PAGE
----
For an ActivityStreams response, items are contained within a Collection object. Set count to the number of items in this response, totalItems to the number of items in the feed, and url to the base URL of the feed. Extension field last_cursor is set to the cursor value of the last item returned. Extension field next MAY be provided, which contains a fully constructed URL to the next page of the feed. For example:

HTTP/1.1 200 OK
Content-Type: application/json; charset=utf-8

{
    "count": 50,
    "totalItems": 427,
    "url": "http://example.com/articles/1/comments/?order=created",
    "last_cursor": "8f4a1546",
    "next": "http://example.com/articles/1/comments/?order=created&since=cursor%3A8f4a1546&max=50",
    "items": [
        ...
        {
            ...
            "id": "b204edf6-7a03-11e0-8617-837f7e2798e8"
            ...
        }
    ]
}

For an Atom response, items are contained within a feed document. Set the element total (in the http://fanout.org/protocol/atom namespace) to the number of items in the feed. Set the element last_cursor (in the http://fanout.org/protocol/atom namespace) to the cursor value of the last item returned. Set the document’s rel=”self” link to the base URL of the feed. A rel=”next” link in the document MAY be provided, which contains a fully constructed URL to the next page of the feed. Each entry also MUST have a fo:id value. The Atom entry id MAY match fo:id or be derived from it (e.g. to make it a URI). Example response:

HTTP/1.1 200 OK
Content-Type: application/atom+xml; charset=utf-8

<?xml version="1.0" encoding="UTF-8"?>
<feed
    xmlns="http://www.w3.org/2005/Atom"
    xmlns:fo="http://fanout.org/protocol/atom">
  <link
      rel="self"
      type="application/atom+xml"
      href="http://example.com/articles/1/comments/?order=created"/>
  <link
      rel="next"
      type="application/atom+xml"
      href="http://example.com/articles/1/comments/?order=created&since=cursor%3A8f4a1546&max=50"/>
  <fo:total>427</fo:total>
  <fo:last_cursor>8f4a1546</fo:last_cursor>
  ...
  <entry>
    ...
    <fo:id>b204edf6-7a03-11e0-8617-837f7e2798e8</fo:id>
    ...
  </entry>
</feed>

Note: there is no equivalent to the count value from ActivityStreams, but it is not very useful anyway.

HTTP Push

PubSubHubbub subscriptions are used to register URLs to be called when there are updates to the feed. Support for this is OPTIONAL. If supported, the hub URL is defined by the feed specification. The topic URL is the same as the feed’s base URL (normally used for pulling), though the query string parameters may differ depending on configuration. For example, the hub parameters might be set as such:

Parameter Value
hub.callback http://mysite.example.com/push-handler
hub.mode subscribe
hub.topic http://example.com/articles/1/comments/?order=created
hub.verify async

Here’s an example of a subscription request:

POST /articles/1/comments/hub/?order=created HTTP/1.1
Host: example.com
Content-Type: application/x-www-form-urlencoded

hub.callback=http%3A%2F%2Fmysite.example.com%2Fpush-handler&hub.
mode=subscribe&hub.topic=http%3A%2F%2Fexample.com%2Farticles%2F1
%2Fcomments%2F%3Forder%3Dcreated&hub.verify=async

The server will then perform a verification request to the client’s callback URL, per the PubSubHubbub protocol.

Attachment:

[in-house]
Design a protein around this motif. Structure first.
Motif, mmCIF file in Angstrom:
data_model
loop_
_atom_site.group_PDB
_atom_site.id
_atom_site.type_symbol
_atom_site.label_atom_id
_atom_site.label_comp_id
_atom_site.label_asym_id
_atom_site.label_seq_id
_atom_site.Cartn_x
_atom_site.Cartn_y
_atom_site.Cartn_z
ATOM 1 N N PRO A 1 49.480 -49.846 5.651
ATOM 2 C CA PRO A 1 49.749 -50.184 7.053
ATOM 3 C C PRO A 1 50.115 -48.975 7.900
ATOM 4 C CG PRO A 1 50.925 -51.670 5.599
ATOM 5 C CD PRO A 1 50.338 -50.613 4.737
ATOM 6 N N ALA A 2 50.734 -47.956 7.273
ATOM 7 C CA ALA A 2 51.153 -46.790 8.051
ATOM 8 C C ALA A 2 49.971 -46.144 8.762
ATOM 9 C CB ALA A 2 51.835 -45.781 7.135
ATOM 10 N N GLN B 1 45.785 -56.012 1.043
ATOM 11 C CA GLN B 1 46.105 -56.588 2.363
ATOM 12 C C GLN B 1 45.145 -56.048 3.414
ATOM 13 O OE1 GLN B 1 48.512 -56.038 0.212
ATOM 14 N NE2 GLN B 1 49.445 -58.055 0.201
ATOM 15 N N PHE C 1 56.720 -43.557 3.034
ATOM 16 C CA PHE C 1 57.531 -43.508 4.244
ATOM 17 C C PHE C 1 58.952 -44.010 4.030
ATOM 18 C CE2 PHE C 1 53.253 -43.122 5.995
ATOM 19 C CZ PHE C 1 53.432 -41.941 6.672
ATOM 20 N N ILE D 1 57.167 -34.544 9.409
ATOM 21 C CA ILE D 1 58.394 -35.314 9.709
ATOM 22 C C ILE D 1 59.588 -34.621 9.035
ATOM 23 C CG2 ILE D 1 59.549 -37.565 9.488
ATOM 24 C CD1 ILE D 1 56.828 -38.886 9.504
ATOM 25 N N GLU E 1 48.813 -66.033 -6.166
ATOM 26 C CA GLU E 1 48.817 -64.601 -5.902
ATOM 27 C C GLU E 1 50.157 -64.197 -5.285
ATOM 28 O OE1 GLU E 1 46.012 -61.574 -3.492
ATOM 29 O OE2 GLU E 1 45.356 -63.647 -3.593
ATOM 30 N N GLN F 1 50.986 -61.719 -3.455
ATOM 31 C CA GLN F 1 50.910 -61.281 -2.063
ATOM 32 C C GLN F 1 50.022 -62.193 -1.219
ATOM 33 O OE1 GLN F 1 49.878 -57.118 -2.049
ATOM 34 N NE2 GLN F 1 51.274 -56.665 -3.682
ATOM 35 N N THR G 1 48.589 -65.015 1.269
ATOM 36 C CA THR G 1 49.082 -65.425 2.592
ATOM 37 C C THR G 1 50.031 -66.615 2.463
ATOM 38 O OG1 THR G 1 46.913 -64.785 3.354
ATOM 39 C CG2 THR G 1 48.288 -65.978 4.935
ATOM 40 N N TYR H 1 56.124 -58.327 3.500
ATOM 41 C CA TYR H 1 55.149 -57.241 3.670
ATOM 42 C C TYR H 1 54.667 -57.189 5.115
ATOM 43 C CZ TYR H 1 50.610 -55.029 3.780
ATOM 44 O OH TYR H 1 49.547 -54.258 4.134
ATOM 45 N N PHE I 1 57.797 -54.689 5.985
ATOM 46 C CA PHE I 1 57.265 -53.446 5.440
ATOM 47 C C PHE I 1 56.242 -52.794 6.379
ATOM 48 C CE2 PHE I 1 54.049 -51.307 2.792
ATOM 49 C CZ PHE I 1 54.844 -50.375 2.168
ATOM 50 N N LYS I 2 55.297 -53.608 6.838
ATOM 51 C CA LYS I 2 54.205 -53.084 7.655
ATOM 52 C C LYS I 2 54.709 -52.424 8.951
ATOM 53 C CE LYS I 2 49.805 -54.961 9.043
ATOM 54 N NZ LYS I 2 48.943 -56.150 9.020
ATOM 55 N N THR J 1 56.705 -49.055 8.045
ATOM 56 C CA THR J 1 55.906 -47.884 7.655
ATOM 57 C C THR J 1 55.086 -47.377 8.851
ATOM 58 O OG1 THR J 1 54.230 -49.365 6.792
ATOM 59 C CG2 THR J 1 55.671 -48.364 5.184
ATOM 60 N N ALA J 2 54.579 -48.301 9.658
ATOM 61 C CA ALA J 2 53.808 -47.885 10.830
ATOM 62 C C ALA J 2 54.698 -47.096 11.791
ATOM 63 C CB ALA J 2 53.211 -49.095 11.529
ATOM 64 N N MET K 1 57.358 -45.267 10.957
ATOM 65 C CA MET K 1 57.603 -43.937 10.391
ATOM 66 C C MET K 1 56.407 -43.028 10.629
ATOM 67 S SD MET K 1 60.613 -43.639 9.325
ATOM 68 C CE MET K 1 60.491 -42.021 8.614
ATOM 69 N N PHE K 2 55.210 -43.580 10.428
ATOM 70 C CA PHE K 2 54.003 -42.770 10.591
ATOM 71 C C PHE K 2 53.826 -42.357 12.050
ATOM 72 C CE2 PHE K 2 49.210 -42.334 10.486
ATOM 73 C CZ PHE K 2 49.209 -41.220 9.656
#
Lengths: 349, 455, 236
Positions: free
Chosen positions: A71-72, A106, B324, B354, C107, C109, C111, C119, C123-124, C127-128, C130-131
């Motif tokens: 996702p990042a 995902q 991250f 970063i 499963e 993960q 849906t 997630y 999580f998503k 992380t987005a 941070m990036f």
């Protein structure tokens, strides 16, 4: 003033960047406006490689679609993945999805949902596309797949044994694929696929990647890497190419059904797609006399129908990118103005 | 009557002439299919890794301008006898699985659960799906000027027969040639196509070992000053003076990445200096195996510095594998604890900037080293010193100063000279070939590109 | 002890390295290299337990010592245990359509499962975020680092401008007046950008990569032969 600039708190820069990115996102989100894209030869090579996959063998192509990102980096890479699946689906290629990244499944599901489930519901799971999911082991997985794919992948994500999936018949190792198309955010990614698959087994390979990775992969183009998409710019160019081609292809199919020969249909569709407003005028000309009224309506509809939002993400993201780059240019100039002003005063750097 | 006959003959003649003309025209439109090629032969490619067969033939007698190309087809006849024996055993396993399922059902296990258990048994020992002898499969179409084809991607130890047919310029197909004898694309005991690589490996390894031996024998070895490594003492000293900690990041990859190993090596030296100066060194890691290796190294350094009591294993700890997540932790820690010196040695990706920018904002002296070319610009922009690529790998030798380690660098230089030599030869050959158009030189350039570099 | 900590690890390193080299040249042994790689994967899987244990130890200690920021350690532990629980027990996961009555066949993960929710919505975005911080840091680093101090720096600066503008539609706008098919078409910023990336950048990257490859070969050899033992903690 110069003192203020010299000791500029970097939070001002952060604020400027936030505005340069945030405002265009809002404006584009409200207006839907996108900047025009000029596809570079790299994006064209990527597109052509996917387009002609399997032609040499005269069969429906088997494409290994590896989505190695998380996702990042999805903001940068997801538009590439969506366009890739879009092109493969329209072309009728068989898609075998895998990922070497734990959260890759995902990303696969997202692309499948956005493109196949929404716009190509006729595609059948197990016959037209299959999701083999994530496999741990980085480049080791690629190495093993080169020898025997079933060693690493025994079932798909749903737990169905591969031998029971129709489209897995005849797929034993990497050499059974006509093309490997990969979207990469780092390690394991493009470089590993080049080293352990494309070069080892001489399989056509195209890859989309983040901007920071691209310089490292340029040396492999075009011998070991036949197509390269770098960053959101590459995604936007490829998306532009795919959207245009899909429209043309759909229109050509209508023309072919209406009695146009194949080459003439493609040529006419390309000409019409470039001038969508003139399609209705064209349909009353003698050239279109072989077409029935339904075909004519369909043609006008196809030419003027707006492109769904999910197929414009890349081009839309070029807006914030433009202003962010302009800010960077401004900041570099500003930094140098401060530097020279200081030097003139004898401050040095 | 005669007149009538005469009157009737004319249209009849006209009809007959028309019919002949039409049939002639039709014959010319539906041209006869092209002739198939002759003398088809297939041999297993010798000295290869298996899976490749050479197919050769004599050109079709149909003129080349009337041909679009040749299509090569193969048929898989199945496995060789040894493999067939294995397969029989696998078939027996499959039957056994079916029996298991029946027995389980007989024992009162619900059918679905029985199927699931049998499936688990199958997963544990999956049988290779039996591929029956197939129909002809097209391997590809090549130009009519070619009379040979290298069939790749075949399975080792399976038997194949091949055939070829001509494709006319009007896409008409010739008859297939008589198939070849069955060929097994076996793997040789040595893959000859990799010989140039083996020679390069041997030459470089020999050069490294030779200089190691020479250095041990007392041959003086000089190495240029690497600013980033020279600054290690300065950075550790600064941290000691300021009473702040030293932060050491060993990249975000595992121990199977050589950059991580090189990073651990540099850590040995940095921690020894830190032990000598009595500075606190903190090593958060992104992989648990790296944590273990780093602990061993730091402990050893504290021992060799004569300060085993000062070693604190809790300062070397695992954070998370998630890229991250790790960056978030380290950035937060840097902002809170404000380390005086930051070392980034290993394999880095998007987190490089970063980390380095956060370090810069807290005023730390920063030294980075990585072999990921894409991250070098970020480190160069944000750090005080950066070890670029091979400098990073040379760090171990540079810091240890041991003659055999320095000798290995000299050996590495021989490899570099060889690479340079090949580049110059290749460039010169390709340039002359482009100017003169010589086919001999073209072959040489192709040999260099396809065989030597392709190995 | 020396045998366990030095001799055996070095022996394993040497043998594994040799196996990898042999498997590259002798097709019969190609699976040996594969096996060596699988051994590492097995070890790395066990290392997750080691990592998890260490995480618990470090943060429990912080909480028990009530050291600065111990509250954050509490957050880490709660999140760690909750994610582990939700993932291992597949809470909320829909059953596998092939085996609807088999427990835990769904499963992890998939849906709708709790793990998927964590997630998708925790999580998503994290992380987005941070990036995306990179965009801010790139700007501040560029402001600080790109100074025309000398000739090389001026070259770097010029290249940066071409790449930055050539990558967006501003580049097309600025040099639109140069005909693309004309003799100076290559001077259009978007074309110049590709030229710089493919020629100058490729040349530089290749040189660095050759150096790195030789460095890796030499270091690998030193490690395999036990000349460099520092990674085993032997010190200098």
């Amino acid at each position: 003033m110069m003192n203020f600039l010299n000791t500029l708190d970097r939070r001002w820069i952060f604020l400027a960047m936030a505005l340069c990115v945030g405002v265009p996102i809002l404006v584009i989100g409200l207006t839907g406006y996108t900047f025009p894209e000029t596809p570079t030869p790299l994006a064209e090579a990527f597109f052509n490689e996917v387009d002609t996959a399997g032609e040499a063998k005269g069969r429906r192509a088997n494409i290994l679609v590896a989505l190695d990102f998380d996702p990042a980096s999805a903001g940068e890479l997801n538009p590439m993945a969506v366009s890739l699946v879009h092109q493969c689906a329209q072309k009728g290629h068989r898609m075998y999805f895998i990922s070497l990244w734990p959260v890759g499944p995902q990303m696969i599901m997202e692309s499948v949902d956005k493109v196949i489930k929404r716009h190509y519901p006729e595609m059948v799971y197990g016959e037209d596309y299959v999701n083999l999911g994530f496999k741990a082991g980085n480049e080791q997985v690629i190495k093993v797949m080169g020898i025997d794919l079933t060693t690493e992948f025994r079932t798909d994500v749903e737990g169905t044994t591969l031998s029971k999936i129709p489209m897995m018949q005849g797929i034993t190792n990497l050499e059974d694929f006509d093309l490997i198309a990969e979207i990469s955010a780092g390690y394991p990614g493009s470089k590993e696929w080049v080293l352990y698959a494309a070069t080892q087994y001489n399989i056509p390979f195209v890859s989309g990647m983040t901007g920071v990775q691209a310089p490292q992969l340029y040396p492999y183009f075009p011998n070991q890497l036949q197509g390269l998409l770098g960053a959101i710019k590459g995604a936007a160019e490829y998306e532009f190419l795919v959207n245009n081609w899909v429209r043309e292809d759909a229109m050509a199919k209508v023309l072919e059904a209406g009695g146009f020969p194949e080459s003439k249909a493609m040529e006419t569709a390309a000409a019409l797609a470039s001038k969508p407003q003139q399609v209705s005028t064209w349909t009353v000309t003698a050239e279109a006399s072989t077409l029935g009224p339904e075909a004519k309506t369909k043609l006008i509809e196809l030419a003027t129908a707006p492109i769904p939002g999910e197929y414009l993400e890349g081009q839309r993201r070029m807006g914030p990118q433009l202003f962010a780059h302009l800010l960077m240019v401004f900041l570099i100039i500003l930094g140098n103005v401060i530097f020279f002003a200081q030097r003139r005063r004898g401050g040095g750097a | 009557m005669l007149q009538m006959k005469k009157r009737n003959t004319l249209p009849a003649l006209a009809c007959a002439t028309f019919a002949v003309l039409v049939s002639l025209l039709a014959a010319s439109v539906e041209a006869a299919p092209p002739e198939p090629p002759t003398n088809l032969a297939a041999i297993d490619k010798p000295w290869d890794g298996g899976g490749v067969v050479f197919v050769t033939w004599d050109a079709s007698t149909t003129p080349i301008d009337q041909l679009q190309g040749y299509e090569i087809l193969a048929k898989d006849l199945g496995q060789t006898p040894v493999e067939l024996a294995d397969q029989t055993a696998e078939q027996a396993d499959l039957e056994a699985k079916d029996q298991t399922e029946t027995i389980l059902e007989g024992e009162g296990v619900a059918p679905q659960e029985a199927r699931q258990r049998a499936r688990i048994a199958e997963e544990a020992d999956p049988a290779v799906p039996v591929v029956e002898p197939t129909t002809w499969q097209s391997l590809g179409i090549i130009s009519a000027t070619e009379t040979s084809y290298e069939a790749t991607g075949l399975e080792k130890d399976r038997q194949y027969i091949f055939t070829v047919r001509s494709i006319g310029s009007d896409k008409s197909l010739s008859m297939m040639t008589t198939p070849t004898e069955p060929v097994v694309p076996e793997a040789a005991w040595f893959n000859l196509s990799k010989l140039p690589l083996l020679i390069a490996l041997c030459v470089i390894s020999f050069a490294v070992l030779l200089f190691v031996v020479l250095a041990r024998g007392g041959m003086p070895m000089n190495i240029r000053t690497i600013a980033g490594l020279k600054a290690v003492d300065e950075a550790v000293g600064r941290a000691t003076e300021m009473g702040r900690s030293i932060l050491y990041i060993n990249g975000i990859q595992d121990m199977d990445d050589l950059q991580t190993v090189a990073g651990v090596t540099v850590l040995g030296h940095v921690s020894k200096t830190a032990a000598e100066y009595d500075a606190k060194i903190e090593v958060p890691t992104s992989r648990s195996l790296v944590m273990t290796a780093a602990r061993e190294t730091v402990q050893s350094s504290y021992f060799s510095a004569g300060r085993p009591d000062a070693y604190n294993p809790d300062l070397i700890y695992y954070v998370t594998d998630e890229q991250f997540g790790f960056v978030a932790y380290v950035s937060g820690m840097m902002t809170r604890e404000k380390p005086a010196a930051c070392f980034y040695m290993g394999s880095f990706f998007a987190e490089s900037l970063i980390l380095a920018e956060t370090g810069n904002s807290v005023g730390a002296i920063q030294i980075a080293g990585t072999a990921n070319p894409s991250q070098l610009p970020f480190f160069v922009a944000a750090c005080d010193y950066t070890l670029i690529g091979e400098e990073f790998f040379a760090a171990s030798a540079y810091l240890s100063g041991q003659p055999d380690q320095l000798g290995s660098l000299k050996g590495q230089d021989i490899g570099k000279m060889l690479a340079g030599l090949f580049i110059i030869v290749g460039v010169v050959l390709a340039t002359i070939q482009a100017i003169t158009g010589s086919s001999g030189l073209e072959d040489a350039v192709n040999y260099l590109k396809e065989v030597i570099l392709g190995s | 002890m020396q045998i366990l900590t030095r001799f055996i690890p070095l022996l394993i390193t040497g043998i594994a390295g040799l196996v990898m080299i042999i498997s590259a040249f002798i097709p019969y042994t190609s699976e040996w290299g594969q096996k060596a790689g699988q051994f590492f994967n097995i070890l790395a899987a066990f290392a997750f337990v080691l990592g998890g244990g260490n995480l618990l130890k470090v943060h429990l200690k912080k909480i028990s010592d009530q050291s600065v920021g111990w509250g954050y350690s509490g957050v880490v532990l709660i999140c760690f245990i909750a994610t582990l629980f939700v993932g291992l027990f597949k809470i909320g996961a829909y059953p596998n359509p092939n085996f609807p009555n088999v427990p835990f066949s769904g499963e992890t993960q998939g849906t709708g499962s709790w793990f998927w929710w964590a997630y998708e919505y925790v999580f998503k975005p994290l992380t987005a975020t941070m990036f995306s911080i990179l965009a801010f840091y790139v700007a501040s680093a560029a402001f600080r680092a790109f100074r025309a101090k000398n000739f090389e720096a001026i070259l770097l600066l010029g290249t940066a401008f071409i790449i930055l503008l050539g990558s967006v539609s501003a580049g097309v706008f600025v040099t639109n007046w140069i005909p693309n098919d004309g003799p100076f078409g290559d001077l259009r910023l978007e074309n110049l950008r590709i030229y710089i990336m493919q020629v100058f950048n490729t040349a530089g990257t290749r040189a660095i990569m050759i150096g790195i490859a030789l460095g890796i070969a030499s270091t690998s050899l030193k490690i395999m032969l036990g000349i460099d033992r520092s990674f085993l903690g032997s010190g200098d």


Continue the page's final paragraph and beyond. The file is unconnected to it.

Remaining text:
Feed updates are pushed using normal content distribution, using an Atom feed document containing one or more items as entries. The document SHOULD contain the fo:total value, and SHOULD NOT contain a rel=”next” link. Additionally, it SHOULD contain an fo:prev_cursor value, set to the cursor value of the last item in the feed prior to the feed update, and SHOULD contain an fo:last_cursor value, set to the cursor value of the last item returned.

Example of update notification:

POST /push-handler HTTP/1.1
Host: mysite.example.com
Content-Type: application/atom+xml

<?xml version="1.0" encoding="UTF-8"?>
<feed
    xmlns="http://www.w3.org/2005/Atom"
    xmlns:fo="http://fanout.org/protocol/atom">
  <link
      rel="self"
      type="application/atom+xml"
      href="http://example.com/articles/1/comments/?order=created"/>
  <fo:total>427</fo:total>
  <fo:prev_cursor>f4ac5920</fo:prev_cursor>
  <fo:last_cursor>64fc10d2</fo:last_cursor>
  ...
  <entry>
    ...
    <fo:id>14f687b2-7a04-11e0-bc61-9f37d1b52ea7</fo:id>
    ...
  </entry>
</feed>

Note: PubSubHubbub is used as a subscription and delivery protocol only. It is not used for receiving publish requests, as this is implied by the feed, nor is the hub expected to be useful as a generic hub capable of tracking remote feeds.

XMPP Pull/Push

The Publish-Subscribe (XEP-0060) and Result Set Management (XEP-0059) protocols are used to provide pull and push access. The JID and node to use must be defined by the feed (see Feed Requirements). If the feed defines additional parameters, they are to be appended to the node name in a query string-like format. If the node name scheme already uses a query string-like format, then that space should be shared. Position specs are used for the Result Set Management UIDs. The server always replies with UIDs using the cursor type. The client can submit a UID containing any type (e.g. id or time). Items are always formatted as Atom entries. The Atom entry id MAY match the item id or be derived from it (e.g. to make it a URI).

For pull requests, the desired value for since is passed as the RSM after value, the desired value for until is passed as the RSM before value, and the desired value for max is passed as the RSM max value.